Earlier today on Twitter, President Donald J. Trump lambasted California Gov. Jerry Brown for his pardoning of five illegal aliens with criminal records. In typical Trumpian fashion, the commander in chief referred to Gov. Brown as “Moonbeam." Admittedly, this article's title is a bit misleading. That insult is actually a holdover from the 70s and from a very different era in politics. Nonetheless, the nickname remains a true gem and will certainly now be thrust back into the spotlight.
Governor Jerry “Moonbeam” Brown pardoned 5 criminal illegal aliens whose crimes include (1) Kidnapping and Robbery (2) Badly beating wife and threatening a crime with intent to terrorize (3) Dealing drugs. Is this really what the great people of California want? @FoxNews— Donald J. Trump (@realDonaldTrump) March 31, 2018
According to the Sacramento Bee, these pardons will provide protection for these convicts from deportation.
“California Gov. Jerry Brown on Friday pardoned five ex-convicts facing deportation, including two whose families fled the Khmer Rouge regime in Cambodia four decades ago.
The pardons don't automatically stop deportation proceedings, but eliminate the state convictions federal authorities based their deportation decisions on. That gives the men's lawyers strong legal arguments before immigration judges to try to prevent the deportations.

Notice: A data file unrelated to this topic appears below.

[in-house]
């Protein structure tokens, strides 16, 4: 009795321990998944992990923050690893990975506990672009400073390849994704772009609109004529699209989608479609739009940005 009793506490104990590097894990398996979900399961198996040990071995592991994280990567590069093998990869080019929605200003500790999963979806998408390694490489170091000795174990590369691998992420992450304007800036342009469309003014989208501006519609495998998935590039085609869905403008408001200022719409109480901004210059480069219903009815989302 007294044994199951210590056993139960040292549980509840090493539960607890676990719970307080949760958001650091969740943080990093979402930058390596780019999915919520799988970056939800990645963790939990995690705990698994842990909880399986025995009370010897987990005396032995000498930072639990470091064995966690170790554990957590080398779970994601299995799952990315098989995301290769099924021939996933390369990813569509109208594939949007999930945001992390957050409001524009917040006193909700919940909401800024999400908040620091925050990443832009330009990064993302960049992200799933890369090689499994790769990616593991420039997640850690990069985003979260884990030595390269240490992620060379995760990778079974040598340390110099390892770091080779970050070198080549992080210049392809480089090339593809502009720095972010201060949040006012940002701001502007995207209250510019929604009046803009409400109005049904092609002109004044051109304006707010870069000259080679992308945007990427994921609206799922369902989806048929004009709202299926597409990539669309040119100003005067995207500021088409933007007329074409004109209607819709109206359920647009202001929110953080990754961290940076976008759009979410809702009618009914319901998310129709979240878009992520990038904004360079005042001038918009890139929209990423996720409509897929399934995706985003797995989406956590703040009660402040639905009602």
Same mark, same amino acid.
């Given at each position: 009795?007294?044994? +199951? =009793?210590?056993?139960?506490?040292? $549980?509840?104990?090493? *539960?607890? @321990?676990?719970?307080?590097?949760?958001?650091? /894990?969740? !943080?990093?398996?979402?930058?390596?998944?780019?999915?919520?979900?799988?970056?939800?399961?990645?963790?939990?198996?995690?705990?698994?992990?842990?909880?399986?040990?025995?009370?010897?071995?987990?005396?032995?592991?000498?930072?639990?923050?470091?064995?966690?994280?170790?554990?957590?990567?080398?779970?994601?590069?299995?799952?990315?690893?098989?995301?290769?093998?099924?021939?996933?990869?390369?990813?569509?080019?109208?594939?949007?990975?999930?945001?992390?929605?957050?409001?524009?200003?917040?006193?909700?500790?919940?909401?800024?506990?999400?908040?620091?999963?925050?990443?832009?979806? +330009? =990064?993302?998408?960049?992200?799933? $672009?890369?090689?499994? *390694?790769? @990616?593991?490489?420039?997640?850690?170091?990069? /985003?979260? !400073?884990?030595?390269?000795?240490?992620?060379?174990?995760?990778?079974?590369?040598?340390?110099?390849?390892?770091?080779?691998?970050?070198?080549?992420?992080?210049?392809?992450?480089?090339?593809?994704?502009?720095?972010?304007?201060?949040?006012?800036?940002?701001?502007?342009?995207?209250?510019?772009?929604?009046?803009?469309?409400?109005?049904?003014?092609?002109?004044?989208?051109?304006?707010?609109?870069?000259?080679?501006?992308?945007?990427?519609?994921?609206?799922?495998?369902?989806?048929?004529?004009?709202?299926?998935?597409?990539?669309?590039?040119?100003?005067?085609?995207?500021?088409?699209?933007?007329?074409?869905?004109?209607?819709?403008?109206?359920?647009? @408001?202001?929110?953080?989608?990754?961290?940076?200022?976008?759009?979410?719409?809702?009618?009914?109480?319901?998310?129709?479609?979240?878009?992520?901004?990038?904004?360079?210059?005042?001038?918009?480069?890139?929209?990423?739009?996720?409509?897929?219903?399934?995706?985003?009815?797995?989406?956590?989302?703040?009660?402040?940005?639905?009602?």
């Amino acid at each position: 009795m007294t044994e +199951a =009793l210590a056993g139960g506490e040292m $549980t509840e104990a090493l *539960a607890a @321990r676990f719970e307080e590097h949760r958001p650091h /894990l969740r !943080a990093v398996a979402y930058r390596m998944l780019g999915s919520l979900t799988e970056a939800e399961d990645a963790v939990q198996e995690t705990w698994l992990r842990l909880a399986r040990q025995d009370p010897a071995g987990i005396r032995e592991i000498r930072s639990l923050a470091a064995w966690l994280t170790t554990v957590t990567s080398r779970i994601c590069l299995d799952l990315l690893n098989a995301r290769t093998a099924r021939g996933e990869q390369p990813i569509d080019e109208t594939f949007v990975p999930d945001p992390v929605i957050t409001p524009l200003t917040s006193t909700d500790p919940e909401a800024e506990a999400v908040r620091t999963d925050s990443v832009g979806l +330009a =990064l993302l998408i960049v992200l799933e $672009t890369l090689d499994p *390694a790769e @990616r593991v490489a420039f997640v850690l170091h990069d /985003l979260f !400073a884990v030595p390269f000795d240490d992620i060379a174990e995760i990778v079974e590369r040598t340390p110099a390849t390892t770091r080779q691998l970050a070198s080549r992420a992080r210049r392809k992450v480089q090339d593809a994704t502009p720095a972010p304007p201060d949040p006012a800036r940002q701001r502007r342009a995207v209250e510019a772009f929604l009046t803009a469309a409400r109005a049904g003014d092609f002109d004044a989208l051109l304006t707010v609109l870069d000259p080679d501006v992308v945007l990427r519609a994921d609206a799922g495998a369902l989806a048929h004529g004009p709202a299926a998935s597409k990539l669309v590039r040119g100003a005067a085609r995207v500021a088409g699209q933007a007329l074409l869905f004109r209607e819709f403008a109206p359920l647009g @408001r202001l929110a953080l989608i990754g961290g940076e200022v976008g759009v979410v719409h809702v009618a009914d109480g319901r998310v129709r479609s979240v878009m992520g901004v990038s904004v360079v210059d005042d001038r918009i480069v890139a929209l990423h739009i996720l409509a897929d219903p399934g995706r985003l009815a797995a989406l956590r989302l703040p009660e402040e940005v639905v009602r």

"The pardon does provide enormous benefit to immigrants facing deportation," said Anoop Prasad, an immigration staff attorney at Asian Law Caucus.”
The background of this story President Trump is referring to should hardly be surprising. Gov. Brown has circumvented the Republican president nearly every chance he gets. Whether it is on illegal immigration or the environment, the governor has suddenly embraces states' rights and separation of federal powers.
So, where exactly does “Moonbeam” come from?
The line stems from Gov. Brown’s plan for a satellite over California in 1976 when he was running for governor at the time. The idea was outrageous due to limitations in technology and cost. Still, the idea is ludicrous considering the extraordinary amount of debt California is in. But, back then a Chicago journalist decided to call Brown "Gov. Moonbeam" to highlight his far out there ideas.
"In 1976, a Chicago newspaper columnist wrote that Jerry Brown would get "the moonbeam vote."
The writer was Mike Royko, who then started referring to the then-38-year-old Brown as "Gov. Moonbeam." Royko was suggesting that Brown was attracting California's New Age crowd.
Brown was a strong supporter of space exploration and many of the earliest statewide green initiatives. Yet he also gained a reputation as a fiscal conservative, refusing many perks that came with the governorship.
Royko eventually retracted his statement, and in 1991 in the Chicago Tribune, he called the moniker "null, void and deceased." He called it a "meaningless throwaway line."
But in 1991, when Brown announced he would run for president, Roger Simon wrote in the Los Angeles Times: "It's not so much that Brown has changed but that the times have changed around him. I'm serious when I say that in some ways America has caught up with Jerry Brown."
Regardless, Gov. Moonbeam's latest actions are simply another point in the left's war against President Trump. As noted out by the president, Gov. Brown is willing to pardon violent criminals simply to make a point against conservatives and the executive branch. His question bears repeating, is that Californian's actually want?